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TechEd 2010 .NET From Scratch Slides

Posted by Keith Elder | Posted in .Net, Asp.Net, C#, Mobile Devices, Presentations, Smart Clients, Speaking, SQL Server, TechEd, Visual Studio, WCF, Web Services | Posted on 18-06-2010

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TechEd 2010 was in New Orleans last week and I had the pleasure of doing a full day pre-conf session at TechEd.  Pre-confs are longer sessions where attendees can get into more details.  This year I did “.NET From Scratch” which was a one day session to introduce developers to the .NET platform. 

This seminar is for anyone who is starting at ground zero with .NET and wants a deep dive into the platform starting from scratch. It is designed for developers experienced in at least one other language, and starts with the basics of . NET and covers Microsoft Visual Studio, writing code in C#, and how to build applications in various technologies of the platform such as Windows, Web, Microsoft Silverlight, and Windows Mobile. If you are new to writing applications on Microsoft .NET, what better way to start your Tech·Ed experience?

As promised to the attendees, the slide decks and demos can be downloaded from the following URL:

http://keithelder.net/presentations/NETFromScratch/NETFromScratch.zip

Remember when learning a new platform as large as .NET the main thing to focus on are your immediate needs.  That may be a language and a framework and possibly web programming.  It is impossible to learn or know everything about a platform as large as .NET but knowing what is possible is half of the battle.  As engineers if we know it is possible it is just a matter of research to figure out how to make it happen. 

A big thank you to those that attended the session and I am truly sorry about how cold it was in the room.  If I’d known in advance I’d brought some firewood and blankets.  Enjoy.

Deep Fried Bytes Episode #50: Behind the Scenes of the .NET Languages with Luca Bolognese

Posted by Keith Elder | Posted in .Net, C#, Podcast | Posted on 06-04-2010

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http://deepfriedbytes.com/podcast/episode-50-behind-the-scenes-of-the-net-languages-with-luca-bolognese/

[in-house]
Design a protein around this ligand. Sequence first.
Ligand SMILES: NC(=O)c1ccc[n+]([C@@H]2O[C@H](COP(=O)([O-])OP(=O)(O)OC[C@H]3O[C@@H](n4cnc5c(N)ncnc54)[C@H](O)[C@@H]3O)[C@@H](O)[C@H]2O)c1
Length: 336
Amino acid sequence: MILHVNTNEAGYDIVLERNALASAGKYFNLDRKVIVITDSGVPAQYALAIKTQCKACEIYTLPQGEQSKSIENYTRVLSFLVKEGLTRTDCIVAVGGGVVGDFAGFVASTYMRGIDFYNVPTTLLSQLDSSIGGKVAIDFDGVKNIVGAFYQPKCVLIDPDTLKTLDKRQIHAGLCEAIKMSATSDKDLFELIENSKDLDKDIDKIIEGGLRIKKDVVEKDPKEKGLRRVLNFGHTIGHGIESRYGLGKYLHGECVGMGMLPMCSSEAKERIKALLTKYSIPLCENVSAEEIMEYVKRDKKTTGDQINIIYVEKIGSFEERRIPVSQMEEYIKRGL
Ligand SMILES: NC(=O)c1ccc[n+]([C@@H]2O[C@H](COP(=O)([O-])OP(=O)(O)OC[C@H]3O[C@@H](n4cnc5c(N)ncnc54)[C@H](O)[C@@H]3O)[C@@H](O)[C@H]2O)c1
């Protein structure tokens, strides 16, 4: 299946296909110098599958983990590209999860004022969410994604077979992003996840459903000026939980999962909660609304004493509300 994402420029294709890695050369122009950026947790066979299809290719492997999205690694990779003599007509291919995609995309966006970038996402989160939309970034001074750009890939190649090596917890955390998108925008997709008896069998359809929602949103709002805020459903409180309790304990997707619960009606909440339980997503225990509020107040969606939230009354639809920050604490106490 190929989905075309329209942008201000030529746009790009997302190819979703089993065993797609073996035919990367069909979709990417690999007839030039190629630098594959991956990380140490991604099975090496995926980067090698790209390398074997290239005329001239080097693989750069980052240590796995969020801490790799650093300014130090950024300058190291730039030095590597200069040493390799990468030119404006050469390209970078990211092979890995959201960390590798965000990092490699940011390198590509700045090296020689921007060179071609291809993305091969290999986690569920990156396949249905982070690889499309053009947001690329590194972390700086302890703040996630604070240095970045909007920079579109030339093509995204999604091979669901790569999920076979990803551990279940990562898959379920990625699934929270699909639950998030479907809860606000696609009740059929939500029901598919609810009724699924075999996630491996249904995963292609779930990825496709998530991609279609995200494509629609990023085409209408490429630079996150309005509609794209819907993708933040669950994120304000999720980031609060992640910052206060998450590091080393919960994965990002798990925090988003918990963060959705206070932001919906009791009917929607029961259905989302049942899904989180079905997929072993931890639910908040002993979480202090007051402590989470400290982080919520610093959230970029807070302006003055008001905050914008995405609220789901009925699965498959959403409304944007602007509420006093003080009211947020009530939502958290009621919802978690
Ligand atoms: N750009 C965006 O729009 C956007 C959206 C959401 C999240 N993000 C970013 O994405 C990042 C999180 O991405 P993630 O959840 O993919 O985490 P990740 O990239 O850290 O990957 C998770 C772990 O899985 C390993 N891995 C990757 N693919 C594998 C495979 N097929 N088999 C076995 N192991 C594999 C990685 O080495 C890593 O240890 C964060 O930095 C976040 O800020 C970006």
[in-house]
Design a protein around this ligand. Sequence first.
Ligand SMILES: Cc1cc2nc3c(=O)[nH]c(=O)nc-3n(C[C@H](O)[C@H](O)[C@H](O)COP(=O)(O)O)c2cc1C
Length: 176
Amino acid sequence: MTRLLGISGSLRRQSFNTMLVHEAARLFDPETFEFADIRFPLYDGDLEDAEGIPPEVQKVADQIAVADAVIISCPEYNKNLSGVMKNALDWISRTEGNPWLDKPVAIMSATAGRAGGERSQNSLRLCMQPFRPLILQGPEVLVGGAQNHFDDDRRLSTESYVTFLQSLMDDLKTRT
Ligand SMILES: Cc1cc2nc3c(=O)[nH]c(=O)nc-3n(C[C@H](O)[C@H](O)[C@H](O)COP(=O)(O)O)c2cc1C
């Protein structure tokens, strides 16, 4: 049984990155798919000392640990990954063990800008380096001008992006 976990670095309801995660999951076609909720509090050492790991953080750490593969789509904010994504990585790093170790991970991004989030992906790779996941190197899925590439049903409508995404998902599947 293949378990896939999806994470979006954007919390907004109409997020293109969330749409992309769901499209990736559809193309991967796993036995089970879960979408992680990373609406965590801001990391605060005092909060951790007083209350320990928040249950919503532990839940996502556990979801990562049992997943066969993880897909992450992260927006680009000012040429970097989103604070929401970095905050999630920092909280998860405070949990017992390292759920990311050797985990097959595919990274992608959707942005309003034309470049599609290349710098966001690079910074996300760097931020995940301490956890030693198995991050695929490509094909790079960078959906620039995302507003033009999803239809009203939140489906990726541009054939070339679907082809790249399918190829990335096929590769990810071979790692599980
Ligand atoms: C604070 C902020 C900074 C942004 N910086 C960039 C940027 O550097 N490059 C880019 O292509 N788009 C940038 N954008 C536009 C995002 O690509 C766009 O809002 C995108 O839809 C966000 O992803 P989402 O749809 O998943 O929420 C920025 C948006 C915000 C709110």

Ever wonder how your favorite features from C#, VB.NET and F# get selected, implemented and finally reach your fingers? We did too and we found a great person to get the behind the scenes story from Building 41 in Redmond. In this episode, we sat down with Luca Bolognese, former Group Program Manager at Microsoft, to discuss how the languages team decides which features to include in the .NET languages.  We learn also what is coming in NET 4.  Join us for this episode as we uncover some hints on what may be coming in the .NET future, something you don’t want to miss!

WCF Data Service Error – Request Error

Posted by Keith Elder | Posted in .Net, C#, WCF | Posted on 09-03-2010

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I’ve done this twice now and I know if I’ve done it others probably have as well.  Here’s the short story and the fix.

Let’s say you create a new project to play around with a WCF Data Service to create some OData.  You add an entity framework model from an existing database and then add a WCF Data Service.  Things are going along nicely.  To get something up and running quickly you modify the WCF Data Service to look like the following.  All looks good.

   1: namespace WcfService2

   2: {

   3:     public class WcfDataService1 : DataService<NutshellEntities>

   4:     {

   5:         // This method is called only once to initialize service-wide policies.

   6:         public static void InitializeService(DataServiceConfiguration config)

   7:         {

   8:             // TODO: set rules to indicate which entity sets and service operations are visible, updatable, etc.

   9:             // Examples:

  10:             // config.SetEntitySetAccessRule("MyEntityset", EntitySetRights.AllRead);

  11:             // config.SetServiceOperationAccessRule("MyServiceOperation", ServiceOperationRights.All);

  12:             config.DataServiceBehavior.MaxProtocolVersion = DataServiceProtocolVersion.V2;

  13:             config.SetEntitySetAccessRule("Customer", EntitySetRights.All);

  14:         }

  15:     }

  16: }

Then you build your solution thinking you are about to strike gold when all of a sudden you are presented with this nasty unhelpful error:

image

Request Error

The server encountered an error processing the request. See server logs for more details.

The problem lies in line 13.  See the string?  Yeah, that’s a spot where we as humans have to type something and let’s face it, we make mistakes.  I’ve done this several times already.  To fix this, look at your model and make sure you have the correct name.  Here is my playground model:

image

Yep, it was suppose to be “Customers” instead of “Customer”. Change line 13 to “Customers” and all is well.

.Net 4.0 – Start Reading Between the Lines – Learn Silverlight and Entity Framework

Posted by Keith Elder | Posted in .Net, Asp.Net, C#, Internet, Mobile Devices, MVP10, PC Software, Smart Clients, SQL Server | Posted on 30-11-2009

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I started writing this as a general recap of PDC for team members but the more I thought about what was announced at PDC, the longer the email got.  Ultimately I decided to put it out so you dear reader could also gain some insight from things announced at PDC. 

For starters listen to the podcast we recorded with Scott Guthrie or “The Gu”, or “His Guness”, or “ScottGu” about Silverlight 4 announcements among other things while at PDC.